In a couple of month’s time Grahamstown’s Festival Gallery hosts its annual end-of.year exhibition. This year the theme is Summer in Miniatures – artworks have to be no bigger than 30 cms. I’ve decided to try out a submission with the idea of ‘Summer Nights’ and use a selection of four night pictures taken this past southern hemisphere summer.
The first two were taken on Ganora Farm which is just outside Nieu Bethesda in the Karoo. Summer Nights 1: Angel and Obelisk was taken in the middle of the night when there was no moon. I wanted to catch the Milky Way stretching directly above the rock and quite by chance I caught the light of my head torch that I was using to light-paint the top of the obelisk. Summer Nights 2: Compassberg Star Trails was taken on a night when the moon was full which is why the landscape is so bright. It’s a one hour exposure looking north to Compassberg mountain and has beautiful star trails arcing across the horizon.
Summer Nights 1: Angel and Obelisk
Summer Nights 2: Compassberg Star Trails
Summer Nights 3: Firefly and Star Trails
Summer Nights 4: Pride Rock Star Trails
Summer Nights 3 and 4 were both taken looking south from Mountain Drive, Grahamstown: so they are overlooking Featherstone Kloof. In Summer Nights 3 I was joined by a firefly that flickered briefly past my right shoulder and up into the sky. It’s another picture taken when the moon was full so I hid beneath a rock overhang to avoid getting direct moonlight on the lens. For the last picture, Summer Nights 4, I highlighted Pride Rock from underneath with a bright LED as there was no moonlight to bring out the foreground. The lights on the horizon are from Port Alfred 60 kms away.
If they’re accepted for the exhibition they’ll be priced at around R2500 for a framed print but I can supply a high resolution digital image for half of that. Contact me if you are interested.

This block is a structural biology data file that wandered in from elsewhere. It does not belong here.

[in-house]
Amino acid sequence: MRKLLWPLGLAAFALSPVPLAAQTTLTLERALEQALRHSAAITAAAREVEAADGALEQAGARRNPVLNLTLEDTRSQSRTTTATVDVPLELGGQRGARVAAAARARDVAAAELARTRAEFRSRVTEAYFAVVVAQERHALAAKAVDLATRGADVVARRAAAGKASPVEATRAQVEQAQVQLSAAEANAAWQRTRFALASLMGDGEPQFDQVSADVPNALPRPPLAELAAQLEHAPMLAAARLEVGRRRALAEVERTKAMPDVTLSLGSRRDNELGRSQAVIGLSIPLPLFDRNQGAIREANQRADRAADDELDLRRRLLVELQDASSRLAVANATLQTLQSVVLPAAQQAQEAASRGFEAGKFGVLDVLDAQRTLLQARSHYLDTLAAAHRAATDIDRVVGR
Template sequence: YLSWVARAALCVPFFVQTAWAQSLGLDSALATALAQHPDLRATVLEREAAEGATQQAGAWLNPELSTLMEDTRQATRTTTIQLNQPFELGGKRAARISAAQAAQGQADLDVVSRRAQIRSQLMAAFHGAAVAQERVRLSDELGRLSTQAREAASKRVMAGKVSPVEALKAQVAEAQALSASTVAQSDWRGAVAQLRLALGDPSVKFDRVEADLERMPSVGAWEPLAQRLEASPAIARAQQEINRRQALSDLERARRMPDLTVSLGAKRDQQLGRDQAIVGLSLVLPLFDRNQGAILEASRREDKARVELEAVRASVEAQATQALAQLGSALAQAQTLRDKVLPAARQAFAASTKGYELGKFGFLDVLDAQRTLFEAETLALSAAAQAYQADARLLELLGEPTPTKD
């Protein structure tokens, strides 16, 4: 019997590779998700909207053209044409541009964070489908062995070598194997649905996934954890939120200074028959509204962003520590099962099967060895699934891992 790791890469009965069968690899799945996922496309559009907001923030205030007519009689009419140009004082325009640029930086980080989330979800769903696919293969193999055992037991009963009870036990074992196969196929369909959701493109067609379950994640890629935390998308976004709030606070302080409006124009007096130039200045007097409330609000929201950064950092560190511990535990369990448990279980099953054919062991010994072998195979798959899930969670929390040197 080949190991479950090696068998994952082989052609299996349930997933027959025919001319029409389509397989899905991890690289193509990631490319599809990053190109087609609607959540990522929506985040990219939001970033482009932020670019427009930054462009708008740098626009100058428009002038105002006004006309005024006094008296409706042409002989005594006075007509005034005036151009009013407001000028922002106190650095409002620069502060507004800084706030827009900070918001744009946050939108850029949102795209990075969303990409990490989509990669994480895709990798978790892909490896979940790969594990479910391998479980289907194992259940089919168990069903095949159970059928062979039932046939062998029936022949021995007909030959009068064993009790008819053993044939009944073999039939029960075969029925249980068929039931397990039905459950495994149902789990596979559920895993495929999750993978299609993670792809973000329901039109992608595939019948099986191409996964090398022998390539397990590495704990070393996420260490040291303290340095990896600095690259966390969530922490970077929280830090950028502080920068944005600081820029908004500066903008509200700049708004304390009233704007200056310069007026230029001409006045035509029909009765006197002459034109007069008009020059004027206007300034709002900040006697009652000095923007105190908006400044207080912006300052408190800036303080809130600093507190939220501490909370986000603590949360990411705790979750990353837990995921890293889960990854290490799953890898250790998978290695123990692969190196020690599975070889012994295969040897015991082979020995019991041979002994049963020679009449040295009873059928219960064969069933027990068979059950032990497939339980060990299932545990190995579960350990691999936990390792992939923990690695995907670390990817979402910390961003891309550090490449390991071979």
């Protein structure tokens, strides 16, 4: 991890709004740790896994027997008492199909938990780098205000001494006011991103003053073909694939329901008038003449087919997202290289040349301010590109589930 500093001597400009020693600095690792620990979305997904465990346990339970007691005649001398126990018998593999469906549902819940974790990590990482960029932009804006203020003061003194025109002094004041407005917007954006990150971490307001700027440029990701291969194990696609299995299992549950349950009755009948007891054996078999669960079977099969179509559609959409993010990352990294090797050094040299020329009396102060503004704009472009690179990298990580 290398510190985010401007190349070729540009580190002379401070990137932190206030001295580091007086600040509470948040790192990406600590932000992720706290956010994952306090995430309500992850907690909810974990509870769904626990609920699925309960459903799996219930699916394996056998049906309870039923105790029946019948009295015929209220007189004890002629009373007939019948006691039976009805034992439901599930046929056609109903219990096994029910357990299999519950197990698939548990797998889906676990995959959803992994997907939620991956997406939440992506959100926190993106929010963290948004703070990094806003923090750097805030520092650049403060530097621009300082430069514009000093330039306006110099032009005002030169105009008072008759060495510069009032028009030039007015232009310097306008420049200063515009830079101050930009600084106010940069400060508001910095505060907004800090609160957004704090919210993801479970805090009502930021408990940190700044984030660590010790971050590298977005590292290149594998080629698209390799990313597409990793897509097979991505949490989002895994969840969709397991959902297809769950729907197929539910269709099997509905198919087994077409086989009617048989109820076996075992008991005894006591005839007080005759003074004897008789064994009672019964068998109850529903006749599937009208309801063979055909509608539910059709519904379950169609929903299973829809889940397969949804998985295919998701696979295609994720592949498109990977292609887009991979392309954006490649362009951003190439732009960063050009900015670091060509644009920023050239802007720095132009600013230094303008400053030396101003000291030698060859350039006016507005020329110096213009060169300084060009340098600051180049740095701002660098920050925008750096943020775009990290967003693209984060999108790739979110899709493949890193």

Without doubt the Karoo is cold in the winter months. We are just back from field work based at Ganora Guest Farm, New Bethesda and it was gray and cloudy and cold. I managed to capture the grainy chill in these pictures: particularly in the skies towering over the gravel roads twisting through the big landscapes. We’ve usually finished field work before sunset and so I get the chance for a quiet walk and the opportunity to compose some photos – hopefully beside some sheltered sun-warmed rocks.
Then there’s also the small things that you see when walking through the countryside. The donkeys, pumpkins at a road side farm stall, freshly shorn sheep smelling of lanolin and there were some orange-red blossoms like flame flickering amongst the rocks.
At night the sky sweeps above you and the stars are incredible. This picture of the milky way was taken when it was hazy and cloudy so I was lucky to get the picture when there was a break in the clouds. The farm buildings in the next picture are very bright because a guest’s car drove down to the farm whilst I was exposing the shot. So the farm was light painted for me. There’s a straight diagonal line running across the curved star trails in the last picture. It’s the lights of the SAA flight from Port Elizabeth to Cape Town.
It’s a couple of months since I posted about the book project. There’s been plenty to work on: finding the right online publisher, deciding on the layout, selecting and reworking images, tracking down picture details, drawing the maps and then composing the book. Here is a preview of the covers: you are looking at the book opened out and face down so the back cover is to the left of the spine.